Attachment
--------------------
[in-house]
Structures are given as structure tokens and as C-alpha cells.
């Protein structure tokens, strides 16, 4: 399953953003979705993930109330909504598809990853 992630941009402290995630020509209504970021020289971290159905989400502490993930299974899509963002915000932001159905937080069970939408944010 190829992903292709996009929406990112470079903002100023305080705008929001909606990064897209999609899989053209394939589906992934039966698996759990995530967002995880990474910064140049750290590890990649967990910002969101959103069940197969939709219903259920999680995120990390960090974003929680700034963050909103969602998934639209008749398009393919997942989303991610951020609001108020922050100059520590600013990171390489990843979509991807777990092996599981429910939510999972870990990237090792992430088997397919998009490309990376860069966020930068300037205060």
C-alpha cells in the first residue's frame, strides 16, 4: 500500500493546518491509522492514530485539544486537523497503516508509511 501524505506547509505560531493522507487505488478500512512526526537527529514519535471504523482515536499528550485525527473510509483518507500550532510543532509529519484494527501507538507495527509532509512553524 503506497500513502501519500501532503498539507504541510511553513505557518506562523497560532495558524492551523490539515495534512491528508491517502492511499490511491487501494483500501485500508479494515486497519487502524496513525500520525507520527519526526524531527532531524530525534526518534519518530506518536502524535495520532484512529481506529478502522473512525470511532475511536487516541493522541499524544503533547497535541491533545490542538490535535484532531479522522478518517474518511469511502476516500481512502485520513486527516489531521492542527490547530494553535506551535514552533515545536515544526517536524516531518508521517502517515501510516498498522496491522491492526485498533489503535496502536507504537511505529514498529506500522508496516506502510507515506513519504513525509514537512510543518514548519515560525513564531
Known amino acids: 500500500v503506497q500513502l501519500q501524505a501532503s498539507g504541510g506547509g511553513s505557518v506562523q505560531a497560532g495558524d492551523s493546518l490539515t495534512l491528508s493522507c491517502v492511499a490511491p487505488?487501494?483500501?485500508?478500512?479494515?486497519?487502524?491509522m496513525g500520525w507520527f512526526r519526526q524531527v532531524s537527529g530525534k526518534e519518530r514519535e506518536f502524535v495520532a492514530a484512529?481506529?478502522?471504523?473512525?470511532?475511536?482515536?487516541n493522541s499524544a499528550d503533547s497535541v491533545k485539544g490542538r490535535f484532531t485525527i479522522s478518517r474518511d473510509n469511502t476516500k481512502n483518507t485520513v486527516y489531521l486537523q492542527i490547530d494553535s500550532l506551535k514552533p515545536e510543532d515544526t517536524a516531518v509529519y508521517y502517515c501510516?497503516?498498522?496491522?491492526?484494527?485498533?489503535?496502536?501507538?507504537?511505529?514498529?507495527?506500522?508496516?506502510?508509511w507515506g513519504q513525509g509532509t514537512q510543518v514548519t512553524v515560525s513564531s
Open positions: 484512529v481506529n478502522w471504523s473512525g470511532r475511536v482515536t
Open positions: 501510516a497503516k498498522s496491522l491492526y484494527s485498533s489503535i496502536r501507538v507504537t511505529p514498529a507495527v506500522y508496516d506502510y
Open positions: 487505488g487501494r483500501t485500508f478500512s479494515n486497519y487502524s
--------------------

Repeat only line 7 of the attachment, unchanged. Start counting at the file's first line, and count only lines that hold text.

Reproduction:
Open positions: 501510516a497503516k498498522s496491522l491492526y484494527s485498533s489503535i496502536r501507538v507504537t511505529p514498529a507495527v506500522y508496516d506502510y